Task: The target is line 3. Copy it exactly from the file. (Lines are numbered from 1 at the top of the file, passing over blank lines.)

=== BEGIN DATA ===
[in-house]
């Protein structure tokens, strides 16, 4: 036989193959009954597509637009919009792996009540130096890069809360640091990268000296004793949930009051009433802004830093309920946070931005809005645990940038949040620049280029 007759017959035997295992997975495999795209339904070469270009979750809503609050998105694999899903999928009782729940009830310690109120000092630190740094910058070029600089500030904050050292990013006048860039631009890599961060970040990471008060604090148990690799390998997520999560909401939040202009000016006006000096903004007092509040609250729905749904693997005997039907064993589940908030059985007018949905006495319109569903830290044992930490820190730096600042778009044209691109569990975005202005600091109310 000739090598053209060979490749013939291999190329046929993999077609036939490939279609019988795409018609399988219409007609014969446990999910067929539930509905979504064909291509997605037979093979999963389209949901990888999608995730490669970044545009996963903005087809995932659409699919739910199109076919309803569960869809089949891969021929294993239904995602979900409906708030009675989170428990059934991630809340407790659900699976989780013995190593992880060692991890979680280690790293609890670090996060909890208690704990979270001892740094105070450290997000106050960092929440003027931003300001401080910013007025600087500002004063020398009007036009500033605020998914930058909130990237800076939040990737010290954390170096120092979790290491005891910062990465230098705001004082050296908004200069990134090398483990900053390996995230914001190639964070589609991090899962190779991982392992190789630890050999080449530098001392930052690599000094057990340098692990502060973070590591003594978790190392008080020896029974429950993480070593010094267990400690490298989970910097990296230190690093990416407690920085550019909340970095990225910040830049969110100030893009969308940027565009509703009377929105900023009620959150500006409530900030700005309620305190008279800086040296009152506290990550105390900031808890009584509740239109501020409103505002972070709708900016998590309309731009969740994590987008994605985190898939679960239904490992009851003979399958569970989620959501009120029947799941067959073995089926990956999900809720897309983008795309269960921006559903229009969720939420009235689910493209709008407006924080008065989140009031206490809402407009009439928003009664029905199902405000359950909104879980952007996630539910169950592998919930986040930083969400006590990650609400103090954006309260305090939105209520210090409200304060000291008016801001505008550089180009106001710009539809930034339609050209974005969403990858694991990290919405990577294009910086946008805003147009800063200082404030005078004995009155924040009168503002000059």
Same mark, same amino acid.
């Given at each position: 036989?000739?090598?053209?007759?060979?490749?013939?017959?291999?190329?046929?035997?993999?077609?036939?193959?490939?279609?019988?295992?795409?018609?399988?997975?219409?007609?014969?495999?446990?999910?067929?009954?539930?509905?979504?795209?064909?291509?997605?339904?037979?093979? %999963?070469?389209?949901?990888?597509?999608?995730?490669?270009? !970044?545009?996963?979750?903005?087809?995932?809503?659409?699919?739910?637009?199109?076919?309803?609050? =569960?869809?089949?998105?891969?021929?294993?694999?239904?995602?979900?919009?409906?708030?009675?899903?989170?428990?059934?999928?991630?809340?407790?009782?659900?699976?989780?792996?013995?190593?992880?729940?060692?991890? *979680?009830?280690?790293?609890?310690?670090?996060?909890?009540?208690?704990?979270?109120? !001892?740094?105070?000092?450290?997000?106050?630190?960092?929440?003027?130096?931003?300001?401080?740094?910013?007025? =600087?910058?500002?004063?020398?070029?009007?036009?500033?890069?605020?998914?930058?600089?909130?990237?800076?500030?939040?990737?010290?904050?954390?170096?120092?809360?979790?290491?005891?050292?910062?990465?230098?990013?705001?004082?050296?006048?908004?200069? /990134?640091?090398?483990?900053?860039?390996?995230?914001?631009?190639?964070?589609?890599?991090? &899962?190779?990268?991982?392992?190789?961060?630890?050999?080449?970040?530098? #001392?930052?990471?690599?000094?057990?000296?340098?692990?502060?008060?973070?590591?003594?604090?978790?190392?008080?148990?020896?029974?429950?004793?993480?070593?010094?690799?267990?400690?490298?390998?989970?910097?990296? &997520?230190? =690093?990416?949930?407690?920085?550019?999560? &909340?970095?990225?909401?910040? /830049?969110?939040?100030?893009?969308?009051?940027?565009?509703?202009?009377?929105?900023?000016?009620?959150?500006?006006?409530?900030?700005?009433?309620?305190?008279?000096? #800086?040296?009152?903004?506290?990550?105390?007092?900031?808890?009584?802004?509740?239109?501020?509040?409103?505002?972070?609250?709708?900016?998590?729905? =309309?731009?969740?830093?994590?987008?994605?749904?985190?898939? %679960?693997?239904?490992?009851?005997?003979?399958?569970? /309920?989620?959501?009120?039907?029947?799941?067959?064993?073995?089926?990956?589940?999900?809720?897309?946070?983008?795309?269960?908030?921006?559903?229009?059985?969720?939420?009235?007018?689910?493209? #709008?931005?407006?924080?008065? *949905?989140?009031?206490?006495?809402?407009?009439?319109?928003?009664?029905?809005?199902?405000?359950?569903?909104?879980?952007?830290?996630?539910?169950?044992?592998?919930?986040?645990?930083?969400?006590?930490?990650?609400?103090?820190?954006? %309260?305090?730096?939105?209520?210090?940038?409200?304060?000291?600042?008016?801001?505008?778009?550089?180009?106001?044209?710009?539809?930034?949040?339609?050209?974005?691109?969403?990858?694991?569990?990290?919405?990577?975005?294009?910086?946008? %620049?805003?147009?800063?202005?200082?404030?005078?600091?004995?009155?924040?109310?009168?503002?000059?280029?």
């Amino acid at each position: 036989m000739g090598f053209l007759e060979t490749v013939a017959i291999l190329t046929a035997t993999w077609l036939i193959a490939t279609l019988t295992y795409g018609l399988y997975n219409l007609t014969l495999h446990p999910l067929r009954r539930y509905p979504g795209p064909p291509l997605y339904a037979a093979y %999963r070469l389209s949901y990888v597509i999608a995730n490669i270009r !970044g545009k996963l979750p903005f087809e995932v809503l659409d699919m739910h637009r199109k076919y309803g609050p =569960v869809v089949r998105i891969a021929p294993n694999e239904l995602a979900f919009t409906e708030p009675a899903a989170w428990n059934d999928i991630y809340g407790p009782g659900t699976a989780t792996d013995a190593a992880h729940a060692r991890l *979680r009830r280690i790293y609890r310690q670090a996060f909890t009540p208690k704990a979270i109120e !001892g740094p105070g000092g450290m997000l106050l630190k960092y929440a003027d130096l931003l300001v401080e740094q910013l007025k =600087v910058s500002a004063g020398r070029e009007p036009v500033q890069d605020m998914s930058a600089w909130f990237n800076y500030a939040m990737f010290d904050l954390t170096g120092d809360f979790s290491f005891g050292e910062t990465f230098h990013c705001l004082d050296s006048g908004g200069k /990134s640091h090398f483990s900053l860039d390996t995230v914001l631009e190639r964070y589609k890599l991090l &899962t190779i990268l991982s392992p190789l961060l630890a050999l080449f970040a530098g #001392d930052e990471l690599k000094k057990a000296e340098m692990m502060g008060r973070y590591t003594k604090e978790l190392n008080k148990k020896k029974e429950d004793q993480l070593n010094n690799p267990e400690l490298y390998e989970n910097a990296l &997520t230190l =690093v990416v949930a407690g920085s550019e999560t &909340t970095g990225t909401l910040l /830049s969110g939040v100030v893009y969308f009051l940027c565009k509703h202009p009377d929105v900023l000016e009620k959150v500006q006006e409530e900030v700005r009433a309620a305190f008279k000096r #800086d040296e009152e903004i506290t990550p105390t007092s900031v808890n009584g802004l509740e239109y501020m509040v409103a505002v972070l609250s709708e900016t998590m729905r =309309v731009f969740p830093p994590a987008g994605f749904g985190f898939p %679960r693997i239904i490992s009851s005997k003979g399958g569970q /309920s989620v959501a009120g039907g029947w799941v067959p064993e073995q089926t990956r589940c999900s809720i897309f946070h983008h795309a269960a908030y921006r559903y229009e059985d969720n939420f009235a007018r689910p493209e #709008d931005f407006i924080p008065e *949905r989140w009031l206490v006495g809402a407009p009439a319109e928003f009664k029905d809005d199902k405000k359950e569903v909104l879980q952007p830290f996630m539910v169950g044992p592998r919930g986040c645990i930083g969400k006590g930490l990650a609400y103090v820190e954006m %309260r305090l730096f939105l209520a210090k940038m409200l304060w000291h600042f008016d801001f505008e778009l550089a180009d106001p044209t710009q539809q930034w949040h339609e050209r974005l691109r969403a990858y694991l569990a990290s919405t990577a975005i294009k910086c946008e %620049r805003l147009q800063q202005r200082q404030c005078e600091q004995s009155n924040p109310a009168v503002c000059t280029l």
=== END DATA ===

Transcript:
Same mark, same amino acid.